Effect of the Twist Angle on the Stopband
Another important feature of these diagrams is the dependency of the bandwidth of the stopbands on the twist angle. As we introduce
Figure 7.5 Imaginary part of the propagation constant for a twist angle equal to (a) 10, (b) 20, (c) 30, (d) 40, (e) 50, (f) 60 degrees.
a nonzero twist angle, the bandwidth in which modes 1 and 4 are evanescent starts to increase. As the twist angle increases between 0 and 90°, the lowest frequency of the stopband at about kd = 0.8 decreases, while the highest frequency of the stopband increases. As a result, the bandwidth increases from 258 THz at zero twist angle to 366 THz at 60° twist. For larger twist angles, the appearance of complex modes complicates the propagation phenomena. This will be discussed later in the chapter. Furthermore, a second stopband for modes 2 and 3 emerges for nonzero twist angles. Both the lowest and the highest frequencies of this second stopband increase as the twist angle increases. Nevertheless, the bandwidth of this stopband also increases by increasing the twist angle. At 60° twist angle, the second bandwidth reaches 217 THz.
Figure 7.6 depicts the aforementioned stopbands as a function of the twist angles. The yellow and cyan regions corresponds to the stopband for modes 1 and 4, and modes 2 and 3, respectively. The two stopbands change differently with the twist angle. For twist angles larger than ~50°, the two stopbands merge, where the structure starts to exhibit a complete stopband with no propagating modes and thus can act as a stopband filter. For example, with a 60° twist angle, the twisted metamaterial passes modes 1 and 4 from 263 THz to 375 THz, while stopping modes 2 and 3. Below 263 THz, all modes propagate, and from 375 THz to 480 THz, there are no propagating modes in the structure.
Figure 7.6 Stopband of the modes of the twisted metamaterial.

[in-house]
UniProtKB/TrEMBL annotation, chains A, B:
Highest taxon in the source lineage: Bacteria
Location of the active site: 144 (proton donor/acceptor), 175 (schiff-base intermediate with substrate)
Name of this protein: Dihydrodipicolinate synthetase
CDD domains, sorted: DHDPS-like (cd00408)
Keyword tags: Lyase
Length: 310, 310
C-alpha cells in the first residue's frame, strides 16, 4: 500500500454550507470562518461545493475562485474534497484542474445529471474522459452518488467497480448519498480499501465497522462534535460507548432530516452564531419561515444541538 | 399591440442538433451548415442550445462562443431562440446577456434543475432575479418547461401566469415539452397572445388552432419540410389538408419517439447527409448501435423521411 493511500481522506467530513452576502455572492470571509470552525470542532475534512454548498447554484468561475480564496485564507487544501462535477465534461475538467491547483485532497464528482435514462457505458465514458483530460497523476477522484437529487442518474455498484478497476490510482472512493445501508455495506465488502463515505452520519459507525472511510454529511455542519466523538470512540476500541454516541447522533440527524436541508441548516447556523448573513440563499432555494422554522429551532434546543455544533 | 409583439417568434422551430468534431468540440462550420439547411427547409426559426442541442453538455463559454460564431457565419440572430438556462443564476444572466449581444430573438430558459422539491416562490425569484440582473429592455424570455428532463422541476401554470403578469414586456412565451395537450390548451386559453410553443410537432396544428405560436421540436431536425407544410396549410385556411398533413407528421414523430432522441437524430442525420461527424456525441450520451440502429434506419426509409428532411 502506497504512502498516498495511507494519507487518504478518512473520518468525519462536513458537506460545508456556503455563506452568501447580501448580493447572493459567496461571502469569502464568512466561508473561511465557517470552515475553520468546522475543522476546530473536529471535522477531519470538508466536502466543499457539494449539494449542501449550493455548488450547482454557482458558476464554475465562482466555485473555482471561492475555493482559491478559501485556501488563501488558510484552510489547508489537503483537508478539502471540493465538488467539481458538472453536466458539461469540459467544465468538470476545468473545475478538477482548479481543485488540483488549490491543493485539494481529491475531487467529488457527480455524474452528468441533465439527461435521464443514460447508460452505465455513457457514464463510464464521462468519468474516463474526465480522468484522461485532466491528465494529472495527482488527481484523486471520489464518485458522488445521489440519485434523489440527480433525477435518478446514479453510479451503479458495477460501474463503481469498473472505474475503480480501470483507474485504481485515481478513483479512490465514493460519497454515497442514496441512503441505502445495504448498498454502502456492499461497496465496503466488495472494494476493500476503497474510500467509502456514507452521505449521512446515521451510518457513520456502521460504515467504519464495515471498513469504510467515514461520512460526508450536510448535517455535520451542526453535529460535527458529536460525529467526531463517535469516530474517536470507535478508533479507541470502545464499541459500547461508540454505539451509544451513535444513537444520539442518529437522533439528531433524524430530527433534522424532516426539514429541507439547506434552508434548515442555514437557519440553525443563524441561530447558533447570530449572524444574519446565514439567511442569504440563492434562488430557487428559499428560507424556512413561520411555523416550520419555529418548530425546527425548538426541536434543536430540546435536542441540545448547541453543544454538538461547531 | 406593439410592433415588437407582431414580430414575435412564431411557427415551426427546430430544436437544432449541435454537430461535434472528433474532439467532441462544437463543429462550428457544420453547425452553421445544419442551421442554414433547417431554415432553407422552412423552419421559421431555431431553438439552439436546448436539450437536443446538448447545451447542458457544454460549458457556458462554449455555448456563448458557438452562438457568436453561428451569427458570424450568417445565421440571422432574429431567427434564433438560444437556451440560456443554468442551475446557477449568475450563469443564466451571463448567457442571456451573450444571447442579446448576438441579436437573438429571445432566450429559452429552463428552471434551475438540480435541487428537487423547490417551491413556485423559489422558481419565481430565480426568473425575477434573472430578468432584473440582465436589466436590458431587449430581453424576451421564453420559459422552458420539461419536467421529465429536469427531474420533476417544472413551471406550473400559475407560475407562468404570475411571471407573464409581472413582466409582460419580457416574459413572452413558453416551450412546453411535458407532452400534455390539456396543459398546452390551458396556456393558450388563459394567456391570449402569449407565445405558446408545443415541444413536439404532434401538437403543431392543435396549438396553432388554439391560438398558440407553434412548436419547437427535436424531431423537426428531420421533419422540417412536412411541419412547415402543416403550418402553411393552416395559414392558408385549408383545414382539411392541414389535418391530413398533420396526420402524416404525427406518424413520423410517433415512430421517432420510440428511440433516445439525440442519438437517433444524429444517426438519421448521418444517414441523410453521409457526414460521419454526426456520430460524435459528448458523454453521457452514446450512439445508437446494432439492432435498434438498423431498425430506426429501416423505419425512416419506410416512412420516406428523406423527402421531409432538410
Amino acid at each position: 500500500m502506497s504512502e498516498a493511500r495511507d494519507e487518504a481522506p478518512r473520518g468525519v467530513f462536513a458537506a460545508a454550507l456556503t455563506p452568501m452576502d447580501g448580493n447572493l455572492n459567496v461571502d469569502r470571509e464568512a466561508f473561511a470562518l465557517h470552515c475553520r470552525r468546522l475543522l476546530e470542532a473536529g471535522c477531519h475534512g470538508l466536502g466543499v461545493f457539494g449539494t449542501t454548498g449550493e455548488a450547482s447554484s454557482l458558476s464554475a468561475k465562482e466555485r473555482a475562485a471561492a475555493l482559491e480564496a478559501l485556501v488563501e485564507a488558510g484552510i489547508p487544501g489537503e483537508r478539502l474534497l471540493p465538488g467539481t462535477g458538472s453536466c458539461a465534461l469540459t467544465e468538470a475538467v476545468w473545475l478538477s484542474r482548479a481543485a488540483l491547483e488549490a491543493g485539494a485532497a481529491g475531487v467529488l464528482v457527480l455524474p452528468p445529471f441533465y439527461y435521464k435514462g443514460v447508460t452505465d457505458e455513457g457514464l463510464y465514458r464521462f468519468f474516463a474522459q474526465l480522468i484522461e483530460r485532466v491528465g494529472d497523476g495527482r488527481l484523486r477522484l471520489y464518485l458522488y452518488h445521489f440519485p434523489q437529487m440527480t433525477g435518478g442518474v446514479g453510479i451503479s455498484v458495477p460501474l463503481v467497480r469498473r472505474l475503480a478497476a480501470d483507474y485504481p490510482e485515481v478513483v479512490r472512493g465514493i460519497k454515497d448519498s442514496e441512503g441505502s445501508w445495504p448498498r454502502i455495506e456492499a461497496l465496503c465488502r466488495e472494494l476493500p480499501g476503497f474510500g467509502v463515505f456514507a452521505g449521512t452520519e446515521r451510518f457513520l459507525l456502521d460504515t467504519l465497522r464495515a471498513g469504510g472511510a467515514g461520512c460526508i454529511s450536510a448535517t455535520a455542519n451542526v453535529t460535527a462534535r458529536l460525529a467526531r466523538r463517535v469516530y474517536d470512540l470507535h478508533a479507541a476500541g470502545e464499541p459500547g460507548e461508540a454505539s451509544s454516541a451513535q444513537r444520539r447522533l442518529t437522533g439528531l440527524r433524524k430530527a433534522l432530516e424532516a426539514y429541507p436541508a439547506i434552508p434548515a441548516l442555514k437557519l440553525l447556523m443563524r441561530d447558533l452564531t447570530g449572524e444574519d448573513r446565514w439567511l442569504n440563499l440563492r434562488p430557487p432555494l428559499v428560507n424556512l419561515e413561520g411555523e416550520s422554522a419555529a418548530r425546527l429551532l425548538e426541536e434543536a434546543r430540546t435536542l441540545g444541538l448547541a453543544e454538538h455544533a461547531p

When the twist angles are larger than ~63°, complex modes appear in the dispersion diagram of the twisted metamaterials. The propagation constants of complex modes have nonzero real and imaginary parts simultaneously. The propagation constants form a complex conjugate pair and their negative counterparts (i.e., p, p*, -p, -p*). The dispersion diagrams for 70°, 80°, and 90° twist angles are shown in Fig. 7.7. The complex modes are clearly seen at these twist angles. Interestingly, the bandwidth of the complex modes also increases as the twist angle increases. Although these complex modes cannot be excited directly by plane waves in free space, they may affect the evanescent spectrum and the local density of states in the proximity of a slab of twisted metamaterials.
Figure 7.7 (a), (c), (e) Real and (b), (d), (f) imaginary parts of the propagation
constant of the twisted metamaterial with (a), (b) 70, (c), (d) 80 and (e), (f) 90 degrees twist angles.
The propagation constants found from the above analysis are different in nature from the propagation constant in a homogenized medium or a periodic array without rotation. In addition to a phase shift due to the propagation constant that is defined in Eq. (7.4), the fields also experience a rotation. Nevertheless, it is possible in some cases, discussed in the next section, to find a simple relationship between the propagation constant of the waves inside the twisted metamaterials and the propagation constant in a periodic structure.